Little lies employers tell . . . and why they shouldn't

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"If you tell the truth, you don't have to remember anything." Mark Twain

"No man has a good enough memory to be a successful liar." Abraham Lincoln

"A half truth is a whole lie." Yiddish Proverb

"Those who think it is permissible to tell white lies soon grow color-blind." Austin O'Malley

Q."How do you know when a lawyer is lying?" A. "His lips are moving." Old lawyer joke. Har-de-har-har, Alice.

All of us have been guilty of fudging on the truth, if not out-and-out lying, from time to time. But the fact that we've done it doesn't make it right. There are many reasons that honesty is the best policy, and with a hat tip to my colleague Bill McMahon for suggesting this topic, I'd like to talk about why it is important in the employment context.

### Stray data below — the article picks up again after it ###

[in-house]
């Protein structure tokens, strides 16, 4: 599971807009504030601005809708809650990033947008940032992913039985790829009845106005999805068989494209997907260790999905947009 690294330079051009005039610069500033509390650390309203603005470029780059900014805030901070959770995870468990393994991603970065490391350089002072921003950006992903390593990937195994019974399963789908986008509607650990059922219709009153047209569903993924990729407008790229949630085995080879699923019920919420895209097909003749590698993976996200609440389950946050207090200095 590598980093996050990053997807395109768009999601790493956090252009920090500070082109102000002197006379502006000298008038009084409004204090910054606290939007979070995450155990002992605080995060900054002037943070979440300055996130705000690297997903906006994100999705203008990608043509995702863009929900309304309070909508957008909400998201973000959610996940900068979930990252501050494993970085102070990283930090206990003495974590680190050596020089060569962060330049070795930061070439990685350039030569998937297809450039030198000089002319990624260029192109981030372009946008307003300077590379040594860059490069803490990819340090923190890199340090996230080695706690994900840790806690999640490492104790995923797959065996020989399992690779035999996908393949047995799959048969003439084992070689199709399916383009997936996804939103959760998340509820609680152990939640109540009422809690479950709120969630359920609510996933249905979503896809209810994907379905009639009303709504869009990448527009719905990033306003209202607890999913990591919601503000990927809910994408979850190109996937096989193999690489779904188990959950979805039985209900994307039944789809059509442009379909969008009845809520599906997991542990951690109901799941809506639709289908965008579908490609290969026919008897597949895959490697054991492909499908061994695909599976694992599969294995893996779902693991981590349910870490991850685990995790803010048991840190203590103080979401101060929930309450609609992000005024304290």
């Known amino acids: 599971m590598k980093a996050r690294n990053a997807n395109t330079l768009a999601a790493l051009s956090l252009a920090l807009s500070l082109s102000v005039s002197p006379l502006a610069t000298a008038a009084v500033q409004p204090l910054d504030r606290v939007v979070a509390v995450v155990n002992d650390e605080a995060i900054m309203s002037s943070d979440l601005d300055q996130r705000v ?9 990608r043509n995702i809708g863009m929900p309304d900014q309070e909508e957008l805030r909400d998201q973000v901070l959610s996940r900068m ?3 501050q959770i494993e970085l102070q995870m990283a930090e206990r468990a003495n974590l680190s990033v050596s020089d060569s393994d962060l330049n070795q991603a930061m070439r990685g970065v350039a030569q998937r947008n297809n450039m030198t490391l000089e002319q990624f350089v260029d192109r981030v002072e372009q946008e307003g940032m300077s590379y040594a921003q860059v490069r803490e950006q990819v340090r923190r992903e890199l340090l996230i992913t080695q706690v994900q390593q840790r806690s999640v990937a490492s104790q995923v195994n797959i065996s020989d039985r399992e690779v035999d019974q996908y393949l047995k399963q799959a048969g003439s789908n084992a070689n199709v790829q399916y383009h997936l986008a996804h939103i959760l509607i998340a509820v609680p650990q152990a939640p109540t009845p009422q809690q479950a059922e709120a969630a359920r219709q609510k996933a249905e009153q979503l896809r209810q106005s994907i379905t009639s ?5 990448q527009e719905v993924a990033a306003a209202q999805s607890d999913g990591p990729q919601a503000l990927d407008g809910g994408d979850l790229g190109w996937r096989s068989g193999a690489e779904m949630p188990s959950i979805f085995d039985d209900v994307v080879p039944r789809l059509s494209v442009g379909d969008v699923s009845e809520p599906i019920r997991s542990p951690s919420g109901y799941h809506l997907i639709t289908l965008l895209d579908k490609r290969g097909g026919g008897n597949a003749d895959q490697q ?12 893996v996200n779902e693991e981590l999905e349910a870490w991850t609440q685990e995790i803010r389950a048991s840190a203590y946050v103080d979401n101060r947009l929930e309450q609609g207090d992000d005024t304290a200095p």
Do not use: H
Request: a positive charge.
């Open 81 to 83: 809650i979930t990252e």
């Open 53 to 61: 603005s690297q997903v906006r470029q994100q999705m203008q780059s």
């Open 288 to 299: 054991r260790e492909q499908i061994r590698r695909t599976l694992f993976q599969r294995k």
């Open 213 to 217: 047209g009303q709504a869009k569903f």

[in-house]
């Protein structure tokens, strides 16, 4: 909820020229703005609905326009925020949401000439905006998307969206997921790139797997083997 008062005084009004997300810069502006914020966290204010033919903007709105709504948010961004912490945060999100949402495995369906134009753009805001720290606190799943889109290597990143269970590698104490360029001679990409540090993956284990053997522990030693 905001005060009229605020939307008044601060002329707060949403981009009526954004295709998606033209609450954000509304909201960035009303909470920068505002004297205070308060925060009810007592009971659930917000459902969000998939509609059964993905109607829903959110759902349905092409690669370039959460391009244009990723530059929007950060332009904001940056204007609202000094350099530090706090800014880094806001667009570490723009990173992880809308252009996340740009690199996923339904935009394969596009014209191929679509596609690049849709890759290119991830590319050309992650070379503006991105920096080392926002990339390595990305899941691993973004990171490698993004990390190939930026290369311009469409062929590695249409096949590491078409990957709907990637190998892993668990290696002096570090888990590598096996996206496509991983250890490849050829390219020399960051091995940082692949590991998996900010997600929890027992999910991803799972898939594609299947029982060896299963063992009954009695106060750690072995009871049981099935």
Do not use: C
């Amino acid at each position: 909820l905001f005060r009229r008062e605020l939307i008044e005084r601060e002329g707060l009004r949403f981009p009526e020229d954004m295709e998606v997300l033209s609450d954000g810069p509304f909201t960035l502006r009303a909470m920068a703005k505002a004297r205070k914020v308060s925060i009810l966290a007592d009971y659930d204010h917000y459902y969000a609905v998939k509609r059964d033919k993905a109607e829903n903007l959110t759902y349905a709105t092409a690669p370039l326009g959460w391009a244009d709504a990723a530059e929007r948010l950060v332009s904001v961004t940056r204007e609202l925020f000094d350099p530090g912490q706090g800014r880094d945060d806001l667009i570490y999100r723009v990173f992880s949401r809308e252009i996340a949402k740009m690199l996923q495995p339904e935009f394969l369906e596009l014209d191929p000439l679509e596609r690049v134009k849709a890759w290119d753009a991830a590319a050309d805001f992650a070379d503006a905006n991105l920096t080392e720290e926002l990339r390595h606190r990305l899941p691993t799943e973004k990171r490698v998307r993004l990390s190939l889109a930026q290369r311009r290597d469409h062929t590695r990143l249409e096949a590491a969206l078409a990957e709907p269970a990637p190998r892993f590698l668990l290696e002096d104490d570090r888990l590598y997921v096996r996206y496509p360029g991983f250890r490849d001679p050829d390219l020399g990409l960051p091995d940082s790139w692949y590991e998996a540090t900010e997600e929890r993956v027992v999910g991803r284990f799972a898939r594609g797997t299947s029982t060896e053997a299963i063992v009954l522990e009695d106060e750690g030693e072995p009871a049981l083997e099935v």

First, the obvious: Perjury is a crime, and so is obstruction of justice. If you lie under oath, or in connection with a government investigation, or destroy or falsify evidence, you have committed a crime, and you could go to jail. If that's not a deterrent to lying, then I don't know what is.

But because none of you are perjurers or obstructors (obstructers?), I'll focus on the "little" lies that we are more likely to tell, and how they can come back to bite us as employers.

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DISCLAIMER: Because of the generality of this update, the information provided herein may not be applicable in all situations and should not be acted upon without specific legal advice based on particular situations.

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